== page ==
Ocean exploration

Ocean exploration

Ocean exploration is a part of oceanography describing the exploration of ocean surfaces. Notable explorations were untaken by the Greeks, the Egyptians, the Polynesians, the Phoenicians, Phytheas, Herodotus, the Vikings, and the Portuguese. Scientific investigations began with such early scientists as James Cook, Charles Darwin and Edmund Halley. Ocean exploration itself coincided with the developments in shipbuilding, diving, navigation, depth measurement, exploration and cartography.


Early exploration

  • 130,000 B.C. Researchers working on the island of Crete discover stone tools indicating ocean exploration capabilities of pre-human ancestors dating to at least 130,000 years ago [1]
  • 4500 B.C. Around this time, cultures like those in Greece and China began diving into the sea as a source of food gathering, commerce, and possibly even warfare.
  • 4000 B.C. Egyptians developed sailing vessels, which were probably used only in the eastern Mediterranean near the mouth of the Nile River.
  • 4000 B.C. - 1000 A.D. Polynesian colonization of South Pacific Islands.
  • 1800 B.C. Basic measuring of the depths is done in Egypt.
  • 1500 B.C. Middle Eastern peoples explored the Indian Ocean
  • 600 B.C. Phoenicians developed sea routes around the entire Mediterranean and into the Red Sea and the Indian Ocean. Going around Africa they reached England by sailing along the western European coast. Although they understood celestial navigation, they probably stayed within sight of land whenever possible.
  • 500-200 B.C. Greeks developed trade routes in the Mediterranean using the length of the day (corrected for the time of the year) to estimate latitude.
  • 450 B.C. Herodotus publishes a map of the Mediterranean region.
  • 325 B.C. Pytheas, a Greek astronomer and geographer, sailed north out of the Mediterranean, reaching England and possibly even Iceland and Norway. He also developed the use of sightings on the North Star to determine latitude.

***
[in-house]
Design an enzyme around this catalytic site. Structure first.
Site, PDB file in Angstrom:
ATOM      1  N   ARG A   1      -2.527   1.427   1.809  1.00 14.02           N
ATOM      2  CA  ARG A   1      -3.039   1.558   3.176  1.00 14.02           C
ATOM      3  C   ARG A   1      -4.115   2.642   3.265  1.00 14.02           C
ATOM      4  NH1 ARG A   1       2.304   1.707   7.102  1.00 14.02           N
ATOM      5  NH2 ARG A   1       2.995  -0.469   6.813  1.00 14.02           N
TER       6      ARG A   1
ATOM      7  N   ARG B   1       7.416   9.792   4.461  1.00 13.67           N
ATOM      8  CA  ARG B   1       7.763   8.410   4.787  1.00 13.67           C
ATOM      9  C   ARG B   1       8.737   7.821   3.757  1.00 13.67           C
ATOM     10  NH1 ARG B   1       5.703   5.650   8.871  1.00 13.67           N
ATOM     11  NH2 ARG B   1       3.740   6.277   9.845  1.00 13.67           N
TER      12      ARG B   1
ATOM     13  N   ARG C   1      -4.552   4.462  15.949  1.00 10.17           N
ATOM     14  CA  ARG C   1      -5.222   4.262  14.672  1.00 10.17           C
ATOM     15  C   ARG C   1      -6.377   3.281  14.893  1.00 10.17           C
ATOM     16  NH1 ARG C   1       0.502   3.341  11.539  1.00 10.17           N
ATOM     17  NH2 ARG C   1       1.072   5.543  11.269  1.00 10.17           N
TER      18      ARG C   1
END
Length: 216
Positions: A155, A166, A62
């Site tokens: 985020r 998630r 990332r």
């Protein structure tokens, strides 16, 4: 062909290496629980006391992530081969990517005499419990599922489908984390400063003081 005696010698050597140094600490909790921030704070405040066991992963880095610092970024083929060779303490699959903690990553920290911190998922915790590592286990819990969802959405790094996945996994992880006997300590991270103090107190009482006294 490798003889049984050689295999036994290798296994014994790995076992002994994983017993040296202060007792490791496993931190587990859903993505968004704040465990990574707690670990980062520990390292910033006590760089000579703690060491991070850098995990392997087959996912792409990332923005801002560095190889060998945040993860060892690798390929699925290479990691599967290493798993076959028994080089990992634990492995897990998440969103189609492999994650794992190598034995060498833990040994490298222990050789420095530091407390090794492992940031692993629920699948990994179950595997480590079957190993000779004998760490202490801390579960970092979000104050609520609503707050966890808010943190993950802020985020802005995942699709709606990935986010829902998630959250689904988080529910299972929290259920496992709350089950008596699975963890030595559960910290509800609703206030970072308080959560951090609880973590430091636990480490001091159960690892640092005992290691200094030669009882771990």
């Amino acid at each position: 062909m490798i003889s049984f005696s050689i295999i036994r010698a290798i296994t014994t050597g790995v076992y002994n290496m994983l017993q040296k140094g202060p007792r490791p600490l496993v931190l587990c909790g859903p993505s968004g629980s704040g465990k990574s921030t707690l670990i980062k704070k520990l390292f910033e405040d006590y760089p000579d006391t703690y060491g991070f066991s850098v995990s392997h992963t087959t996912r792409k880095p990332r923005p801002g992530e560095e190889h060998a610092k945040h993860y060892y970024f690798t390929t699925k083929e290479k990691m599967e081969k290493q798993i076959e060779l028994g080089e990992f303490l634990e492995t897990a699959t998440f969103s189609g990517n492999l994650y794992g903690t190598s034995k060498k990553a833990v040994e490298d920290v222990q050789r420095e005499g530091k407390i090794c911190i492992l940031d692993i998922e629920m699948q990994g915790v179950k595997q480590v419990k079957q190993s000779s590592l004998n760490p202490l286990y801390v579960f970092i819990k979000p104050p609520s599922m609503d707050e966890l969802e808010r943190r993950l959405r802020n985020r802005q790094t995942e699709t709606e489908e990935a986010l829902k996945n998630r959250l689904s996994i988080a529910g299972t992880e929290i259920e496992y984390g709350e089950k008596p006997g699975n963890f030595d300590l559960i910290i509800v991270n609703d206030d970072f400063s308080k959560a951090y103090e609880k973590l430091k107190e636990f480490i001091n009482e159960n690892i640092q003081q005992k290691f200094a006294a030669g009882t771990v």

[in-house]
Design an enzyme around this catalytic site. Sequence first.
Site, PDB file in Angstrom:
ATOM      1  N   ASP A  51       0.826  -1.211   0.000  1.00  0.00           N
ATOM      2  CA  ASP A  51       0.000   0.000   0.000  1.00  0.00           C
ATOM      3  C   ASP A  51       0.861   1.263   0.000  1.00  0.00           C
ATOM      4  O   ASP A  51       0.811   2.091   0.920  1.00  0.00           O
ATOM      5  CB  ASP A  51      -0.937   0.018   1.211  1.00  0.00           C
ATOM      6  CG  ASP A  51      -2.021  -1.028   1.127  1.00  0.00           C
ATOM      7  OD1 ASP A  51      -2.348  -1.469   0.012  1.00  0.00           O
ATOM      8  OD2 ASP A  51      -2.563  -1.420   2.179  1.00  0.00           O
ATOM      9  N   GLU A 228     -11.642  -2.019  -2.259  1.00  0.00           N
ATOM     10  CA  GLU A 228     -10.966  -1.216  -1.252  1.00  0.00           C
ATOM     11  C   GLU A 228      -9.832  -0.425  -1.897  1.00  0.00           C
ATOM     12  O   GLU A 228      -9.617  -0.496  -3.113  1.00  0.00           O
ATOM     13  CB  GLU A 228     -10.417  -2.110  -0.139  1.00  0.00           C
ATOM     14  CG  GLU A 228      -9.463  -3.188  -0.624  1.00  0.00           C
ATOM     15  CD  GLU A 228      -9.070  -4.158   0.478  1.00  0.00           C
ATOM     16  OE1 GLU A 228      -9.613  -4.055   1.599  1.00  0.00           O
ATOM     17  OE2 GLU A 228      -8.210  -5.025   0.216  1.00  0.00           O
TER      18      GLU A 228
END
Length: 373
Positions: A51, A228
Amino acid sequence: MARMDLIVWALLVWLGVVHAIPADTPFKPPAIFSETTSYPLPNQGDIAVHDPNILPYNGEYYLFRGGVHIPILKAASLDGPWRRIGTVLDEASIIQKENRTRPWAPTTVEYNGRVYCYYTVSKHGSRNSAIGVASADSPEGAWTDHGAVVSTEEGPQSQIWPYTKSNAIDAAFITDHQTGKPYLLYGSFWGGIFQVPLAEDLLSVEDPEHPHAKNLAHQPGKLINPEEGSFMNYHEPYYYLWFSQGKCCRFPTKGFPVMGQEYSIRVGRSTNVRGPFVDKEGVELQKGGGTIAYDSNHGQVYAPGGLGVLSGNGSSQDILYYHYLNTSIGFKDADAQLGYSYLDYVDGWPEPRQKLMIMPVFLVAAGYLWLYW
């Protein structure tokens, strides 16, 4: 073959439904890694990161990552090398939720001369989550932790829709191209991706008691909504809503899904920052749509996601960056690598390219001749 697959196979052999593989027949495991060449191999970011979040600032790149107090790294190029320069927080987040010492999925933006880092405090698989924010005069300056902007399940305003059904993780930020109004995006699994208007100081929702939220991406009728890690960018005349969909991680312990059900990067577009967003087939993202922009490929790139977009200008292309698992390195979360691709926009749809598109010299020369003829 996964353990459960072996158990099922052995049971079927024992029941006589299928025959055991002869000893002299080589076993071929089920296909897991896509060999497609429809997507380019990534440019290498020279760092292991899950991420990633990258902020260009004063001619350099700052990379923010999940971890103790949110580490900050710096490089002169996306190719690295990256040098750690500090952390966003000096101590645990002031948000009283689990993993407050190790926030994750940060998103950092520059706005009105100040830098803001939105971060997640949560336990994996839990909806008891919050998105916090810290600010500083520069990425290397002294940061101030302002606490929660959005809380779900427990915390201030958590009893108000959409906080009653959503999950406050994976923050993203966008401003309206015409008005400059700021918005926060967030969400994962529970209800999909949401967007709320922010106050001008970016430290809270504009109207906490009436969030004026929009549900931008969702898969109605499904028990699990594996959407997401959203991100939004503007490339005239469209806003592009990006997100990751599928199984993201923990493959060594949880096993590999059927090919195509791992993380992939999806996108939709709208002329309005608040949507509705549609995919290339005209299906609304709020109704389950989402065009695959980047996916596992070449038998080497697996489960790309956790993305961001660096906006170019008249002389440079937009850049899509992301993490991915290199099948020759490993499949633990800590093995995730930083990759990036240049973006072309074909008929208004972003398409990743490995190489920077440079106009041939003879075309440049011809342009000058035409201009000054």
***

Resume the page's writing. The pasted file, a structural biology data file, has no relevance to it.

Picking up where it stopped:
• c.240 B.C. Eratosthenes of Alexandria, Egypt determines fairly accurately the circumference of the Earth using angles of shadows in Syene and Alexandria.[2]
  • 150 A.D. Ptolemy produces a map of the Roman world, including lines of latitude and longitude, the continents of Asia, Europe, and Africa and the surrounding oceans.
  • 900-1430 Vikings explore and colonize Iceland, Greenland, Newfoundland.
  • 1002 A.D. Leif Erikson reaches North America 500 years before Columbus.[2]
  • 1405-1433 Chinese send seven voyages to extend Chinese influence and impress their neighbor states. These expensive voyages are ended after a short time. See Zheng He (1371–1433).

From Age of Exploration to present

See also


  1. ^ Strasser, Thomas F.; Eleni Pangopoulou, Curtis N. Runnels, Priscilla M. Murray, Nicholas Thompson, Panayiotis Karkanas, Floyd W. McCoy and Karl W. Wegman. (April–June 2010). "Stone Age Seafaring in the Mediterranean: Evidence from the Plakias Region for Lower Paleolithic and Mesolithic Habitation of Crete". Hesperia: The Journal of the American School of Classical Studies at Athens 79 (2): 145–190. 
  2. ^ a b Sverdrup, Keith A.; Alyn C. Duxbury and Alison B. Duxbury (2005). An Introduction to the World's Oceans. New York: McGraw-Hill. p. 4.  


  • NOAA, Interactive Timeline of significant and interesting events throughout the 200-year history of NOAA and its predecessor organizations.
  • SeaSky.org - Ocean Exploration Timeline with Credits & Sources
  • NOAA - Sounding Pole to Sea Beam
  • History of Ocean Exploration
  • USC Earth Sciences, History of Oceanography
  • skb's virtual cave - Notable oceanographic expeditions

External links

  • Ocean Explorer - Public outreach site for explorations sponsored by the Office of Ocean Exploration.
  • NOAA, Ocean Explorer History
  • NOAA, Ocean Explorer Gallery - A rich collection of images, video, audio and podcast.
  • NOAA's Office of Ocean Exploration
  • Deep-sea exploration